Summary: An answer to the question, "Why doesn’t God DO something?"
December 16, 2001
1Who is this that cometh from Edom, with dyed garments from Bozrah? this that is glorious in his apparel, traveling in the greatness of his strength? I that speak in righteousness, mighty to save. 2Wherefore art thou red in thine apparel, and thy garments like him that treadeth in the winefat?
3I have trodden the winepress alone; and of the people there was none with me: for I will tread them in mine anger, and trample them in my fury; and their blood shall be sprinkled upon my garments, and I will stain all my raiment. 4For the day of vengeance is in mine heart, and the year of my redeemed is come.
5And I looked, and there was none to help; and I wondered that there was none to uphold: therefore mine own arm brought salvation unto me; and my fury, it upheld me.
6And I will tread down the people in mine anger, and make them drunk in my fury, and I will bring down their strength to the earth. Isaiah 63:1-6 (KJV)
In light of the events of September 11th this year, we hear the question a lot –
Why doesn’t God DO something?
It’s a question many of us have asked. One interviewer asked that kind of question – How could God let something like that happen. I liked the answer given, "We have been politely reminding God for several decades to mind his own business in our country; God is simply complying with our request."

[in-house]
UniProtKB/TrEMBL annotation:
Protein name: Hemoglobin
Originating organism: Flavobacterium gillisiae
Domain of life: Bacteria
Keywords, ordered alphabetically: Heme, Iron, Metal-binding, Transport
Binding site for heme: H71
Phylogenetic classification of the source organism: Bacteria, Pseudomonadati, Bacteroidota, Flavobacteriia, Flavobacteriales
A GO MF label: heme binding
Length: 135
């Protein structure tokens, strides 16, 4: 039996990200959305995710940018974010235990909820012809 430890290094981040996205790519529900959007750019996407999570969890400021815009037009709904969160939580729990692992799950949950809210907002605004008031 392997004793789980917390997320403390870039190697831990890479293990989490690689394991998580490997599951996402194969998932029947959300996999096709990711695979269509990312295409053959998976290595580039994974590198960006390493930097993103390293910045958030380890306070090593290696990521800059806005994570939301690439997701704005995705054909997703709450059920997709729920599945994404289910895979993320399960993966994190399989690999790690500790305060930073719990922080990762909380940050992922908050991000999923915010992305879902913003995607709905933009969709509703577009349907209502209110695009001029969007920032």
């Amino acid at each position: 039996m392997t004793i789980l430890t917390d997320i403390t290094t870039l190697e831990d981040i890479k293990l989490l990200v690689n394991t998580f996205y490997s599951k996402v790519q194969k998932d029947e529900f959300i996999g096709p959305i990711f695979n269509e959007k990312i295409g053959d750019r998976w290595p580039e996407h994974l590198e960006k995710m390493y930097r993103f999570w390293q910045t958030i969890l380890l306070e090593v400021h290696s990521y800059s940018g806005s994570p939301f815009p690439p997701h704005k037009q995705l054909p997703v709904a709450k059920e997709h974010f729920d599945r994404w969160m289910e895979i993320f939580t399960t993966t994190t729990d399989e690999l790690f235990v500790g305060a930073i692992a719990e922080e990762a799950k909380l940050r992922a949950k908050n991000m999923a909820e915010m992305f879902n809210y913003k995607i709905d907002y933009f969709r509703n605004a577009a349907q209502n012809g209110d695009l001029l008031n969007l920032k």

While the answer was well-timed, I don’t think it hits the target. Why doesn’t God do something? He is; He will. And He will do it when He’s ready.
The question and answer were good though – it often takes a good, cold-water-in-the-face kind of wake up call to make the point. After a worship service at First Baptist Church in Newcastle, Kentucky, a mother with a fidgety seven-year-old boy told the pastor how she finally got her son to sit still and listen. About halfway through the sermon she leaned over and whispered, “If you don’t be quiet, the pastor will lose his place and he’ll have to start all over again.” It worked!
When Isaiah wrote his prophecy, Edom stood for everything reprehensible to God. They were the enemy. When Isaiah then painted the picture of a warrior with red-stained clothing, he pictured for us the Lord’s fierce wrath, meeting-out judgment.
What does that have to do with Christmas, preacher? Christmas (as any season of worship) is a time for remembering. In a companion passage, Isaiah 53, we see the first coming of Jesus. He was meek and lowly then. We remember the babe in a manger. We remember the carpenter shop, the healings and feeding the multitudes. We recall the cross and then an empty tomb.
No stone in front of a tomb could hold the resurrection back. Nothing is going to hold back the second coming of the Lord either. So, as this Christmas season progresses, we do well to answer the question – each of us, personally, definitively, and worshipfully: Who Is this Jesus?
If Jesus is who He claimed to be, a correct answer is important, because he claimed to be God. We understand this from the Biblical record. The first time Jesus appeared to the disciples after the resurrection, Thomas was absent. When the disciples told him, he didn’t believe. But the next time…